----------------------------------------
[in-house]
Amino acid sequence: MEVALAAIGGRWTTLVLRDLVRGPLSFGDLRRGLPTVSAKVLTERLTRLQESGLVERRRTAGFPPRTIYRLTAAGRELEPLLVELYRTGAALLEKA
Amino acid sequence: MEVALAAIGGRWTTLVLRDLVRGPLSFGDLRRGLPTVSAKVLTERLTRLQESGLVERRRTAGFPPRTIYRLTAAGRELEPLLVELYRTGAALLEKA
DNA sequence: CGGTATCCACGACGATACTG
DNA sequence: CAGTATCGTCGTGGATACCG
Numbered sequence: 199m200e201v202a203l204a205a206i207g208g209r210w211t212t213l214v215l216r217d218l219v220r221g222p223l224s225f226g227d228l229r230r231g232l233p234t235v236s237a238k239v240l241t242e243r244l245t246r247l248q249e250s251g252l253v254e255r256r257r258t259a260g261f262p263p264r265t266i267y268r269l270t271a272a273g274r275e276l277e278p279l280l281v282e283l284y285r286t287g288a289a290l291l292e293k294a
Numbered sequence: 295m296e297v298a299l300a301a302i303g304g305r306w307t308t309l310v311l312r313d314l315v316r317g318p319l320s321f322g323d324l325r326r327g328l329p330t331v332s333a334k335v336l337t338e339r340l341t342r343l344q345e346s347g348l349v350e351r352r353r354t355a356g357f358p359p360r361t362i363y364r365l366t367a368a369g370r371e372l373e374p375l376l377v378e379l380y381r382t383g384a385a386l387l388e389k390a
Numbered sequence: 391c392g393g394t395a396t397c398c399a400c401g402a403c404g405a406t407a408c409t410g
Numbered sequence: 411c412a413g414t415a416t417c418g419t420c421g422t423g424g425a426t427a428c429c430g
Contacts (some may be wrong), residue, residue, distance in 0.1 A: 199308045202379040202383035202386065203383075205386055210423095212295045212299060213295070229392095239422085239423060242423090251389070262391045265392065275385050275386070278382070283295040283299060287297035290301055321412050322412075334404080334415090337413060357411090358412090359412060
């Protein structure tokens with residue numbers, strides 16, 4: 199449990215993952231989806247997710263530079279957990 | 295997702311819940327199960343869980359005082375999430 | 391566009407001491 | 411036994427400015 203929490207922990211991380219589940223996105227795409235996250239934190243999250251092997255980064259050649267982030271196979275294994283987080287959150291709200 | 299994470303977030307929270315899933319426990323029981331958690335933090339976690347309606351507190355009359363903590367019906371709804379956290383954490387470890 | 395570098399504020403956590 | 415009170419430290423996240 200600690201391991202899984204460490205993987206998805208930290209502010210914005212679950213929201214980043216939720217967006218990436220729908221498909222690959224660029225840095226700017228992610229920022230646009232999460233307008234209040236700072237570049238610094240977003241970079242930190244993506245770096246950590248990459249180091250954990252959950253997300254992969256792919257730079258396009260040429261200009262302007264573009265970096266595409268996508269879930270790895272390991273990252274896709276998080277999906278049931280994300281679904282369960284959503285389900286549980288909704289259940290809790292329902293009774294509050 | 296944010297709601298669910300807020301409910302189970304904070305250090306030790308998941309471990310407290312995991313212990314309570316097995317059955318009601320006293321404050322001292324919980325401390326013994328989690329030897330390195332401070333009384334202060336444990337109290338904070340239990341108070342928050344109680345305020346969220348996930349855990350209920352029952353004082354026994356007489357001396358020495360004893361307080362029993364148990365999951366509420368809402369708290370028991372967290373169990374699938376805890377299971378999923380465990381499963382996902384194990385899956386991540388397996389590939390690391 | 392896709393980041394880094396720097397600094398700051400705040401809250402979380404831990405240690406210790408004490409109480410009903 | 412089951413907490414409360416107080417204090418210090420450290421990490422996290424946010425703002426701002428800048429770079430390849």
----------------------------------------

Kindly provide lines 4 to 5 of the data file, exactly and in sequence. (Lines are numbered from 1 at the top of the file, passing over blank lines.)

DNA sequence: CGGTATCCACGACGATACTG
DNA sequence: CAGTATCGTCGTGGATACCG